Playing Ball: The Writer's Racquet
The racquet I grip and hold in front of my face has a hole in the middle of it. A string broke in July, the last time I hit a ball. Since then I’ve snipped a few more of the blue polyester mains and white synthetic crosses near the center. I think, though I’m not sure, that this will cut down on the tension and keep the frame from warping before I have it restrung.
If I have it restrung; sometimes I wonder if the day is ever going to come. I’ve haven’t played any tennis, or any of my favorite winter sport, squash, since the hot day this summer when I bent down for a volley and, not unlike Alice in the Brady Bunch, never got up. I made it back to the baseline to serve, but couldn’t bend enough to start my motion. It may have been a comical sight, but the pain in my back was no joke. It has lessened over the last six months, but despite daily doses of stretching, strengthening, heat, ice, and Aleve, never disappeared entirely.
So now I swing my tennis racquet in my apartment, slowly and carefully enough not to hit a wall or knock over the Christmas tree or snap a Pepper Adams LP in half. But this doesn’t mean the frame, a throwback 89-inch Yonex I picked up two years ago and never put down, is useless to me. It doesn’t help me play tennis these days, but it does help me write about the sport. Spinning and swinging the stick as I walk from one side of the living room to the other serves the same purpose that smoking a cigarette serves for other writers: It allows me to do something as I do nothing, to keep the body, and thus the mind, in motion even as I take a break from the (relatively) hard work of thinking up sentences.
Yesterday was my first day back at this work in two weeks. By which I mean, it was the first day in two weeks that I sat at my desk and used my laptop, rather than lying on the couch with it on my legs. During that vacation, I didn’t pick up the Yonex once; it leaned against the wall untouched, unneeded, unnoticed. But as soon as I sat down and started typing again yesterday, I had to pick it up again. Some writers, as I said, need to smoke; John Updike, even after he supposedly “quit,” would look down to find his ashtray somehow overflowing again at the end of the day. Other writers go out for a walk or a jog; Don Delillo used to run around a local track every afternoon. Jack Torrance, the ill-fated writer played by Jack Nicholson in The Shining, hurled a tennis ball against a wall to get the tension out. The idea was Nicholson’s, but it obviously didn't help Torrance.
It seems we can only sit and write straight out for so long. Most of us need to walk away, take stock, let our mind rest. For me, the need for a break doesn’t come at any logical moment, or after any regular period of time. It’s almost out of my power. Even when the words are flowing well, I’ll suddenly find myself standing up, pushing my chair back, reaching for the racquet, and walking toward the window at the other end of the room. On most days, when I get there I see another man sitting at a desk at his window in the apartment across the street. He also appears to be writing at a computer. Maybe I’m paranoid, but he doesn’t seem to take as many breaks as I do. He even grins as he works. (On second thought, maybe he’s not a writer.)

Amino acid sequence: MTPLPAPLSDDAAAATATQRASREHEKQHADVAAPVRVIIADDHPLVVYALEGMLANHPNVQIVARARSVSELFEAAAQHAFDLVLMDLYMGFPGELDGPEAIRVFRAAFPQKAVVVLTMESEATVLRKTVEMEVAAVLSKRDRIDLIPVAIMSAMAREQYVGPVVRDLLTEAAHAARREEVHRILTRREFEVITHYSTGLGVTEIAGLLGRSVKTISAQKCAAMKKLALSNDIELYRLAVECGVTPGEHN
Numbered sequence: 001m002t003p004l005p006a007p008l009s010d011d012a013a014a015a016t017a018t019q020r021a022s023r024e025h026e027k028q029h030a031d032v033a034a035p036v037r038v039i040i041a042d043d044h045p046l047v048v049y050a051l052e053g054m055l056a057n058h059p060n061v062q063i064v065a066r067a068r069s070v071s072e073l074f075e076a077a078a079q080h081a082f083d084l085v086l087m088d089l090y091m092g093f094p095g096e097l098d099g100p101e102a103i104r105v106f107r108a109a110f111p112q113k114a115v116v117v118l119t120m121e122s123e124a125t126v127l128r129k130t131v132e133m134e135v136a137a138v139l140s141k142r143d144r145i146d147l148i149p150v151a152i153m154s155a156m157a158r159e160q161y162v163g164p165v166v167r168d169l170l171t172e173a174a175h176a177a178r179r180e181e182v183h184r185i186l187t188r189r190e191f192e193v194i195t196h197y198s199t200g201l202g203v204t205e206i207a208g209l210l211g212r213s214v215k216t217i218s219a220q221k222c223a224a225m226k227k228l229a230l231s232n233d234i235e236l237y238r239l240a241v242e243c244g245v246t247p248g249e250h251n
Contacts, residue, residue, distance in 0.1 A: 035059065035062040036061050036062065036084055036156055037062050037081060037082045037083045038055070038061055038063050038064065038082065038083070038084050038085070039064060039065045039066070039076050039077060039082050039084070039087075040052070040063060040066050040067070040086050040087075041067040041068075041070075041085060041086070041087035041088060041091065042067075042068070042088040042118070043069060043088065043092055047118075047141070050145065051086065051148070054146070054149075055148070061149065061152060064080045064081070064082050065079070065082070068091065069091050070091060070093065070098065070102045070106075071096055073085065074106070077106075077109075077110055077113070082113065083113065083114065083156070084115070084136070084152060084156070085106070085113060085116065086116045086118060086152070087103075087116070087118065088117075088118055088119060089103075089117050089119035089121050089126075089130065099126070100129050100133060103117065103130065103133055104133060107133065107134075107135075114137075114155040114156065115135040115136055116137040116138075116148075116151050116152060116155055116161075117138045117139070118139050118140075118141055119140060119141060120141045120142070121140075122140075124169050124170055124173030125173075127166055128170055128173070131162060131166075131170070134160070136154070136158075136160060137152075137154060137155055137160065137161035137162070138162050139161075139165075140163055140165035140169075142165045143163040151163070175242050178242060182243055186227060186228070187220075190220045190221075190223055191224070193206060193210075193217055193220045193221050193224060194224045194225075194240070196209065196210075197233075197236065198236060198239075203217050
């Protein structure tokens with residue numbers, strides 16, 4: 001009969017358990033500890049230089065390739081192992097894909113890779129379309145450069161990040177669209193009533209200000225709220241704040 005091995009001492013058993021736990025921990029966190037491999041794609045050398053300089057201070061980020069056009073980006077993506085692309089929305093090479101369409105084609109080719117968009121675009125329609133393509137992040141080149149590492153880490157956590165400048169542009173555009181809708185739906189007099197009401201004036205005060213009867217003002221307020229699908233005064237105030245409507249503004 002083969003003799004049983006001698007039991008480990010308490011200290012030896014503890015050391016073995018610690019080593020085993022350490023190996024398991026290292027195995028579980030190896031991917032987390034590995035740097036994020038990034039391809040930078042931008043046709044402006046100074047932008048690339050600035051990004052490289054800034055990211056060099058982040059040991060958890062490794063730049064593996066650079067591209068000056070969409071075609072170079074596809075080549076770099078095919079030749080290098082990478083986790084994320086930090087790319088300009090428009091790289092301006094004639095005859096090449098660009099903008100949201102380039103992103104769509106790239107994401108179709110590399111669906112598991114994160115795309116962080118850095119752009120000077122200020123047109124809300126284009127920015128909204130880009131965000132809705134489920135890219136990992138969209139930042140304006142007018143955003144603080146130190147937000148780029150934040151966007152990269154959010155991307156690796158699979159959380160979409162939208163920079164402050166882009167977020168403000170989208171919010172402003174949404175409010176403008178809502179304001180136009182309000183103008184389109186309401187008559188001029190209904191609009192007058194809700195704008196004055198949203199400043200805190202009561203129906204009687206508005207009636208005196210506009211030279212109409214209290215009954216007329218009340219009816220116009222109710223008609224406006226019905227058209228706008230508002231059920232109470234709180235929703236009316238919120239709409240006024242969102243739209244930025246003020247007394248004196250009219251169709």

I spin the Yonex in my hand and look out the window. Today there was new snow on the street, settled in immaculate little Judd-like white boxes on top of each step and window ledge. Even after six months away from the court, my grip goes straight into the semi-Western I’ve used since I was a kid, and which still feels inexplicably just right. Call it the tennis player’s version of a security blanket, or maybe a pistol; I feel more powerful and connected to the world with a racquet in my hand. It’s been that way since I was a teenager and I walked around the house doing shadow serves and forehands all day, pretending that I had match point on Boris Becker in the Wimbledon final. It was so long ago that in my daydream, I won the last point by serving and volleying. (As I recall, I put an overhead away at 8-7 in the fifth set and dropped straight into a properly Borgian kneel down.) In those days of rampant tennis obsession, even when I didn’t have a racquet, I would still wander from kitchen to living room making short forehand and backhand motions with my forearm.
Now I don’t daydream about Wimbledon when I swing the racquet. It’s enough just to feel like I'm playing again. I put my foot at the end of the carpet and pretend it's the baseline as I reach up for an imaginary serve. I whip up through a perfect one-handed topspin backhand, something I’ve never actually done on a court. I bounce my palm against the strings, anticipating the pinging sound you get from a racquet that’s tightly strung. For now, with the strings snipped at the center, all I get is the dead, deflating sound of no tension at all.
Someday this Yonex will hit a ball again. Someday I’ll use it to come up with a perfect one-handed topspin backhand—I’ve had more than enough practice in my apartment. For now, though, the racquet may be even more valuable. It got me back into my chair, back to my computer, and back to finishing this piece. Hopefully it will keep me going through another long season.
Have a good weekend.